Over the past few months in cities throughout the country, we have seen harsh moments that have been characterized as "racial incidents." Whether it be Ferguson, Mo., New York City, or Los Angeles, these events continue to occur in states regardless of which party dominates the political landscape.
The three cities previously mentioned are considered Democratic strongholds, which shows us that this is a problem regardless of who is in charge. But what exactly is the problem? What are we missing, or is there something that we are not talking about enough? Can we say it is just one thing that can be summed up as police brutality?
I think it would be ignorant to say there is just one thing that leads to situations like these. There are many things that we need to improve on as a nation. Better training for law enforcement is undoubtedly one of them. Police body cameras to record incidents would be a step in the right direction.
There is also a dire need to devote substantial energy to what is going on in cities like Chicago, Detroit, New Orleans, and Washington, D.C., where we witness a plethora of violence, shootings, and murder all the time.
Teenage pregnancy is all too prevalent in these areas, as well. As women give birth at a young age, it hinders their ability to continue their education due to the significant responsibility of caring for a child.
Without the education required for jobs with reasonable wages, the children are eventually forced into poverty, and the cycle of dependence continues. I have said it before: We should focus on childcare facilities that would allow unwed mothers to get their general education development or higher degree and become self-supporting.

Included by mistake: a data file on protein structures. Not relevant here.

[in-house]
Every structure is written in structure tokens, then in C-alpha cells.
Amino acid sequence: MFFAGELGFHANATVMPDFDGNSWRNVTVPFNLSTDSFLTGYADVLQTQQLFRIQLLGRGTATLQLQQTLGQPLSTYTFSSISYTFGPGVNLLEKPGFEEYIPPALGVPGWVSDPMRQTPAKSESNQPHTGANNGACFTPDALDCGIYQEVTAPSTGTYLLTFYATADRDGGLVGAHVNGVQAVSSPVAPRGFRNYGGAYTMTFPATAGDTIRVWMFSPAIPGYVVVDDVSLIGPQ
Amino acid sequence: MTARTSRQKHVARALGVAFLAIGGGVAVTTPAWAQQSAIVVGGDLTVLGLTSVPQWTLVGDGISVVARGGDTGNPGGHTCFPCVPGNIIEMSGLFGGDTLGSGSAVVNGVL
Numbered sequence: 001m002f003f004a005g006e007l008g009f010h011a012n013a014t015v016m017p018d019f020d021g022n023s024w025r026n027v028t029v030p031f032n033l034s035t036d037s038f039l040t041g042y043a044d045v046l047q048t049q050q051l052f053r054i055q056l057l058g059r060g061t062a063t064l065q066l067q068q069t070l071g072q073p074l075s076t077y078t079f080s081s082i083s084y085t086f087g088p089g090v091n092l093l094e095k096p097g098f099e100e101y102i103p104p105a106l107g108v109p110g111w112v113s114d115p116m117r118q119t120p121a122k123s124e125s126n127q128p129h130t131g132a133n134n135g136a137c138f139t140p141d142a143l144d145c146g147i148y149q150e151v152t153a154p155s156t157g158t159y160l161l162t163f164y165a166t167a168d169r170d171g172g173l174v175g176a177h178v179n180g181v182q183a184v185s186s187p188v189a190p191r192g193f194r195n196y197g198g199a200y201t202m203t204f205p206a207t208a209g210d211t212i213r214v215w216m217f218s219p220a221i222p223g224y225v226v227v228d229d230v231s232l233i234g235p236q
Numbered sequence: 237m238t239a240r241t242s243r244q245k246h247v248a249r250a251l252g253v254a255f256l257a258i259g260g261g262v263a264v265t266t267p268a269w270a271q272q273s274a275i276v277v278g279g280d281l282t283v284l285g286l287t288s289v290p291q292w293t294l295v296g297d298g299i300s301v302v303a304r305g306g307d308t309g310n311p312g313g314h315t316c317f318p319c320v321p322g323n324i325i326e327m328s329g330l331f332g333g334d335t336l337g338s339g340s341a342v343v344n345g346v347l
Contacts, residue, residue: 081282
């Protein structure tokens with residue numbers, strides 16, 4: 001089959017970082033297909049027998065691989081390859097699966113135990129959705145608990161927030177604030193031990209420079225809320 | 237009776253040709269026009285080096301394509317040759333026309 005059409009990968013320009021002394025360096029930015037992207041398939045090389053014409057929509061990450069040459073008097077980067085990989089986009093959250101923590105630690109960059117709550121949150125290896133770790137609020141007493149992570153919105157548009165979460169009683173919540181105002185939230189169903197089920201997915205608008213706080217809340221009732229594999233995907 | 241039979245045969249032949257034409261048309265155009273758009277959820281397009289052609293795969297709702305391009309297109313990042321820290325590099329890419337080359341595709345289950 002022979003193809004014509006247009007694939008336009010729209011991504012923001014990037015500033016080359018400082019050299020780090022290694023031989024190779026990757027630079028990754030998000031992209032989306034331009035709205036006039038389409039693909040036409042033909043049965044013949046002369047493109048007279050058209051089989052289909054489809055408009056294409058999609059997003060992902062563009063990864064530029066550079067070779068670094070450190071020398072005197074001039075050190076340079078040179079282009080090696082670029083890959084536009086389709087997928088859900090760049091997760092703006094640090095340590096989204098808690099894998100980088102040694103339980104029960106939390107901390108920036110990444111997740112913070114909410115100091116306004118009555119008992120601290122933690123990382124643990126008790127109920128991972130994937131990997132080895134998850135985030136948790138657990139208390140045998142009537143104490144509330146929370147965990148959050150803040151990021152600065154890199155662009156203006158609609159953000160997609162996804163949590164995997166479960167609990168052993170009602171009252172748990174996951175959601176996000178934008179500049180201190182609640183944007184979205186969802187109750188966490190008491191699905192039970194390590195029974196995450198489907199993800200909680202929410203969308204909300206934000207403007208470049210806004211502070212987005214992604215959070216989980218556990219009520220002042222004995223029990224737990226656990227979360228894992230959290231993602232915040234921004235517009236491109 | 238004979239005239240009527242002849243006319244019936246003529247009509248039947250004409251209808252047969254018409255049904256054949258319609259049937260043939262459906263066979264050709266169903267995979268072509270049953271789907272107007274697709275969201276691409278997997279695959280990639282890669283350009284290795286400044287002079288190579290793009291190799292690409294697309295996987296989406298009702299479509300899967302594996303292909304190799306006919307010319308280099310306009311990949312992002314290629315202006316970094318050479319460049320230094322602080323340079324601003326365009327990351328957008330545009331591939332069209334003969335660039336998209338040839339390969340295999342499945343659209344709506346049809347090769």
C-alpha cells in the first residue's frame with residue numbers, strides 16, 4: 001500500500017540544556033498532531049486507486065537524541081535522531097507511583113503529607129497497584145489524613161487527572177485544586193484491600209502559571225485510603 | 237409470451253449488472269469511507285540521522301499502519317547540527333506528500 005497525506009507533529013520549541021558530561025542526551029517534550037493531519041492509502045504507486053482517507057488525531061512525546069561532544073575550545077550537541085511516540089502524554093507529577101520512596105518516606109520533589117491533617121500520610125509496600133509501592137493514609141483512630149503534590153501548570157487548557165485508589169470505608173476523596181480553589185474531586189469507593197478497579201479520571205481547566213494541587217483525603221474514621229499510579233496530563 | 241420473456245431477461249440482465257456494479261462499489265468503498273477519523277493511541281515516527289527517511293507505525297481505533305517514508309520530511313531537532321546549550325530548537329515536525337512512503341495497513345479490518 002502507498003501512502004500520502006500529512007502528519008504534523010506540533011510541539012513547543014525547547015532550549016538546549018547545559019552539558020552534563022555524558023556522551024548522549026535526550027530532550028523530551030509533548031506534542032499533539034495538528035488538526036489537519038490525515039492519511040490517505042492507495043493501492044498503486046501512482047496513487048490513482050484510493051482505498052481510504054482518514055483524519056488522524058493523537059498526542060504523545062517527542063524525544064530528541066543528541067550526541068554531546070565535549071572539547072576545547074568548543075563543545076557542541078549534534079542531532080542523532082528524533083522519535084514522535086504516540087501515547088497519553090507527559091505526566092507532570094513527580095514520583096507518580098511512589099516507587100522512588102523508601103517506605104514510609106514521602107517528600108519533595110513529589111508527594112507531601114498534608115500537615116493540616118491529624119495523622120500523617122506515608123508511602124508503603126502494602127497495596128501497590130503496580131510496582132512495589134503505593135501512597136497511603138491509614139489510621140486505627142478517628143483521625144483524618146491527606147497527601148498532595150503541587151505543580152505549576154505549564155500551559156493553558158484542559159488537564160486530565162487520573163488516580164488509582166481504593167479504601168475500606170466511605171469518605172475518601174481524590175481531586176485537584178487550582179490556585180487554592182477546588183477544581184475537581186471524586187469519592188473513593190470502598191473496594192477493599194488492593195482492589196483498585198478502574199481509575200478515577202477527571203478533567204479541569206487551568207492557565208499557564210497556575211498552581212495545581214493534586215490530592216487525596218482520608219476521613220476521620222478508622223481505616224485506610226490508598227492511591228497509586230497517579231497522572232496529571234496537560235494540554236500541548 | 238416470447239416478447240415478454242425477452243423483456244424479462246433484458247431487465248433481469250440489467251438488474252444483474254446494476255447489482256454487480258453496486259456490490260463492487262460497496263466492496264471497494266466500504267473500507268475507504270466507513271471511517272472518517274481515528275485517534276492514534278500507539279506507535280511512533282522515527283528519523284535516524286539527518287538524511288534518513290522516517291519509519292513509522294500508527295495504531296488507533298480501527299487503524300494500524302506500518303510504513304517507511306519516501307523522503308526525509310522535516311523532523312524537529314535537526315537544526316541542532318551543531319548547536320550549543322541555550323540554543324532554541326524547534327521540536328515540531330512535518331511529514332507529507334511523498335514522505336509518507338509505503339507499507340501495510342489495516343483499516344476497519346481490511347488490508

Yes, education is the great divide in our country. A well-educated individual in America can usually write their own ticket in today's world, regardless of ethnicity, race, gender, or financial status at birth.
My whole medical career as a pediatric neurosurgeon was focused on young people and enhancing their lives. We would do everything we possibly could to not only give children longevity, but also quality of life.
Now that I've retired from medicine, I am just as interested in the quality of their future. That is why it is so important to emphasize education. It also is very important for us to emphasize fiscal responsibility. Those of us who are adults today are in charge of the finances of tomorrow. Running up huge bills for our children to pay is being fiscally irresponsible.
Common Core has been a hot topic regarding education, and while I think it is important to have standards, putting such a task in the hands of the federal government is naive, as opposed to the sound idea of placing the onus on local municipalities, schools, teachers, and parents. The ability to maintain high academic expectations of our students is dependent upon the curriculum and lessons presented in the classroom.
While proponents of Common Core may see benefits to such a system, how can the initiative be effective if it imposes confusing experimental teaching methods that our teachers cannot adequately adopt and our parents cannot actively support? Children thrive on confidence and encouragement, neither of which exists in an environment where the education purveyors are uncomfortable with the standards by which they and their pupils are judged.
America, like the rest of the world, is in the process of changing. It can be a good change, or it can be a bad change. I think the way to ensure it is a really good change is to have a lot of our incredibly bright, talented young people involved in the political process early on — and this can only happen through a great education.
This nation's founders were extremely well educated, and they acknowledged that our system of governance relies upon an informed populace. We need the intellect, savvy and innovative spirit of our children.
They should not be outsiders looking in. They should be participants in all aspects of shaping the future of our country, because they are, indeed, the future of our country.
Dr. Ben Carson is an emeritus professor of neurosurgery, oncology, plastic surgery, and pediatrics at the Johns Hopkins School of Medicine and has been awarded more than 60 honorary doctorate degrees and dozens of national merit citations. He has authored more than 100 neurosurgical publications and has written five best-selling books, including "America the Beautiful." For more on Dr. Carson, Click Here Now.